What is the matrix? How do archaeologists use stratigraphy?
Stratigraphy is recorded by archaeologists during excavations. It helps them understand how, and in what timescale, different objects and remains become buried in the ground.
Archaeologists can create a Harris Matrix diagram of the stratigraphy to visualize the sequence of events, the relative age of items, and the differing spatiotemporal relationships between them. This allows archaeologists to build up a four-dimensional (4D) model of how a site has developed over different timespans.
Such interpretations, based on our understanding of archaeological stratigraphy, often underpin the stories we tell about the sites we excavate.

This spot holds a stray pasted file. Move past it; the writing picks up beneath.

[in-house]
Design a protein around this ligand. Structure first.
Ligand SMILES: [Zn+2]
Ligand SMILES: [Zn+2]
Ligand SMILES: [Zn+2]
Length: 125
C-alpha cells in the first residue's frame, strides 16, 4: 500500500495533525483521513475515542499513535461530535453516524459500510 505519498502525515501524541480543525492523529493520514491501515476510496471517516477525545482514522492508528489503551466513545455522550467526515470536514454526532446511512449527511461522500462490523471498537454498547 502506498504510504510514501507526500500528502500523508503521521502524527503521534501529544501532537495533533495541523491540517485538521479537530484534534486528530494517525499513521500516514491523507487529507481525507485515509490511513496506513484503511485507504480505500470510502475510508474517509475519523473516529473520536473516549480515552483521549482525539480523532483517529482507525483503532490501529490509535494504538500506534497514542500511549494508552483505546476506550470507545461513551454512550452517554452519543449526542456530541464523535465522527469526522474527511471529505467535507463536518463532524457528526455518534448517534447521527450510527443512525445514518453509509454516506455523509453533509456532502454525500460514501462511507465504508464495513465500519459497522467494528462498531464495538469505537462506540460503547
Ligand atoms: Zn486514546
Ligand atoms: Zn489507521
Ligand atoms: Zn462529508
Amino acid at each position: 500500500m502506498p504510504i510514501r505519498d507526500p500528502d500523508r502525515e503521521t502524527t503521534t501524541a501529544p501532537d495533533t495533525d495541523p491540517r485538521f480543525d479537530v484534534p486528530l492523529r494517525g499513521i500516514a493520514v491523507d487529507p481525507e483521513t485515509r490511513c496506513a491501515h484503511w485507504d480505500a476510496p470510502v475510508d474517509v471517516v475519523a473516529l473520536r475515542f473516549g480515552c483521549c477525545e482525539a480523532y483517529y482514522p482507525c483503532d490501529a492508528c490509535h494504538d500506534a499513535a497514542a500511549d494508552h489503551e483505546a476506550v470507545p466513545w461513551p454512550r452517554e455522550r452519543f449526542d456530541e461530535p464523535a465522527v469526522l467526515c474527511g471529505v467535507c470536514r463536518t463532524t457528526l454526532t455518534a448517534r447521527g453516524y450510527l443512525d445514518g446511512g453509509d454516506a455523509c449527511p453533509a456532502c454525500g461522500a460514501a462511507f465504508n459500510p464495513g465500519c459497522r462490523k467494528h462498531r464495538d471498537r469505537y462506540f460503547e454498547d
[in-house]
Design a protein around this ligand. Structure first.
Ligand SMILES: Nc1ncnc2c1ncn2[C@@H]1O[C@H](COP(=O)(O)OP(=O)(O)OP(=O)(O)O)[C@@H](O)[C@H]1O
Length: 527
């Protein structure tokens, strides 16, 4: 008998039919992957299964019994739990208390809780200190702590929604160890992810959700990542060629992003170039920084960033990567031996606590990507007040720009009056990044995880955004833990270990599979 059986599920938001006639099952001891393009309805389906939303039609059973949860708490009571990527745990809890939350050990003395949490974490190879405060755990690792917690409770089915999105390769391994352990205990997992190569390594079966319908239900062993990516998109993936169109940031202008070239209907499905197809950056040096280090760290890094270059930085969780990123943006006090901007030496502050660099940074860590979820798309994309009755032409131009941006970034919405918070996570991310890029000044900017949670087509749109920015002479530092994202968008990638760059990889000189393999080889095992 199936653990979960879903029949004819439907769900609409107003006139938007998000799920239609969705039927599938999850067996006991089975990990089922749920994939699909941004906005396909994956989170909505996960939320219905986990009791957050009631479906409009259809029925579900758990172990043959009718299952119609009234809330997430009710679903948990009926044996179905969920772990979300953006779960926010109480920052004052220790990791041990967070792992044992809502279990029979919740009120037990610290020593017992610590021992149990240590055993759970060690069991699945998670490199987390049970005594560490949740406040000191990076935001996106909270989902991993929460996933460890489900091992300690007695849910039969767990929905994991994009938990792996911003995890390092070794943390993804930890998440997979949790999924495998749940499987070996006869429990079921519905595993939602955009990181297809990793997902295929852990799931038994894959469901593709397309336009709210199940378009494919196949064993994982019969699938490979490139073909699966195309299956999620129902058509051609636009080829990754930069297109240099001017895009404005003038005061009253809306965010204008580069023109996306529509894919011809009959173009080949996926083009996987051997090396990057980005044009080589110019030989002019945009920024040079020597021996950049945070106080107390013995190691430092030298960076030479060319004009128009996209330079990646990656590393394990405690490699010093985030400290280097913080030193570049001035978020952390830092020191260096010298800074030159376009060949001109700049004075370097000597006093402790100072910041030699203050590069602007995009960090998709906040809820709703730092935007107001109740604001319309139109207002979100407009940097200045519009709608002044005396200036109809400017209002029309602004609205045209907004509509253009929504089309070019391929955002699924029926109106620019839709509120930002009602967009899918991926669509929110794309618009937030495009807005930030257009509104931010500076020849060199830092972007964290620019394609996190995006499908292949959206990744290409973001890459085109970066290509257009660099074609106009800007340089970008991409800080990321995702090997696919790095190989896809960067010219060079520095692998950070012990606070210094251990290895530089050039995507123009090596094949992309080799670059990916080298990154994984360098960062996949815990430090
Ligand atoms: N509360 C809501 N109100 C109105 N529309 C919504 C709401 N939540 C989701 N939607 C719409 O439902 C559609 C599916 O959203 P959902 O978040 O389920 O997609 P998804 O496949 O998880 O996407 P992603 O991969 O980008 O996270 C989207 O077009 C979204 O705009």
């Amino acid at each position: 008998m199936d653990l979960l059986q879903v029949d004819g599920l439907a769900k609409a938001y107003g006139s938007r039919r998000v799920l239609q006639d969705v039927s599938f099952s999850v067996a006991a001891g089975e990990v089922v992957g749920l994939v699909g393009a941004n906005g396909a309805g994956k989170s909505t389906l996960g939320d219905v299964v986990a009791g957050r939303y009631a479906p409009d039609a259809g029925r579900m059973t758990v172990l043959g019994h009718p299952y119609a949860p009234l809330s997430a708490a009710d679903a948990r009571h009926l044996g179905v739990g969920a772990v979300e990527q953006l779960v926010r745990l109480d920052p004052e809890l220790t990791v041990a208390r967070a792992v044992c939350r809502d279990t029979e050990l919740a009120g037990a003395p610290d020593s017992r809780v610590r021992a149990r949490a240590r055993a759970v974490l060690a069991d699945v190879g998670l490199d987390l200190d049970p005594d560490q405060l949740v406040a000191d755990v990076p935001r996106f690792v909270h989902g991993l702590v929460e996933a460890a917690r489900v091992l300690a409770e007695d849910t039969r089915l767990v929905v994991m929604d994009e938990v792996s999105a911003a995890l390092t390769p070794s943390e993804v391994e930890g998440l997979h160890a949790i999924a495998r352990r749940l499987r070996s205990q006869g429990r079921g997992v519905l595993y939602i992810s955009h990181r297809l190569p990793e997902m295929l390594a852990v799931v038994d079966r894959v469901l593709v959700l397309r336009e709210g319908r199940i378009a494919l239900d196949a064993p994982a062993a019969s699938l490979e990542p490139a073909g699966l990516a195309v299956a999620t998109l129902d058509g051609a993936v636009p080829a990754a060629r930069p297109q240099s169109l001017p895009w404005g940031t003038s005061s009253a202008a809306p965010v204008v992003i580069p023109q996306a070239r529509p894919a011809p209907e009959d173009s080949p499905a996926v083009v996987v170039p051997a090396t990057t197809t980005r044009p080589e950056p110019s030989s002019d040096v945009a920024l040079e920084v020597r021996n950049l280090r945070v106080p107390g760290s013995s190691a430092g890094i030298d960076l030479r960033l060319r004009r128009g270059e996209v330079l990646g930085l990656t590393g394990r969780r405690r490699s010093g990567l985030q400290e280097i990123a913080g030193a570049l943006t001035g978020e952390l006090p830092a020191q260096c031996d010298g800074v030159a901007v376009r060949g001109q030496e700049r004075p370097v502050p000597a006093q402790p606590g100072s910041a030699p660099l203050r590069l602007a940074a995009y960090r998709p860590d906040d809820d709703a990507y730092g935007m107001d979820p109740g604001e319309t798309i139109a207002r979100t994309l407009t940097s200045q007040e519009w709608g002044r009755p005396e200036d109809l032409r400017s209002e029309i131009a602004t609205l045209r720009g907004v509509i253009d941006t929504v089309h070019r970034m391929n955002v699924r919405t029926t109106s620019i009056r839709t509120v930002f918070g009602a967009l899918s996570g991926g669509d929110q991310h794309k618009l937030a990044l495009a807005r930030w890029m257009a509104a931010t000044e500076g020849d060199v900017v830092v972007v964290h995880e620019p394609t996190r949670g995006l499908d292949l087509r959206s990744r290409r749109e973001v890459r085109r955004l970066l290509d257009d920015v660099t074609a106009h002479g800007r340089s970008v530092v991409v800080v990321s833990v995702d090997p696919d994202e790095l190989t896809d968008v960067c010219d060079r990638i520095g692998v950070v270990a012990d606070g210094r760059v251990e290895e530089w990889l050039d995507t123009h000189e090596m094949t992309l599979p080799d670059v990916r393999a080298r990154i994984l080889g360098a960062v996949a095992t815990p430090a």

Keith May is an archaeologist at Historic England (HE) with particular experience in developing, coordinating and implementing strategies for Historic Environment Digital Information. He is a Visiting Professor in the Faculty of Computing, Engineering and Science at the University of South Wales and an Honorary Senior Research Fellow at Sheffield University in the School of Maths and Statistics.
James Taylor is a lecturer in field archaeology & digital methods at the University of York, with a background in commercial archaeology.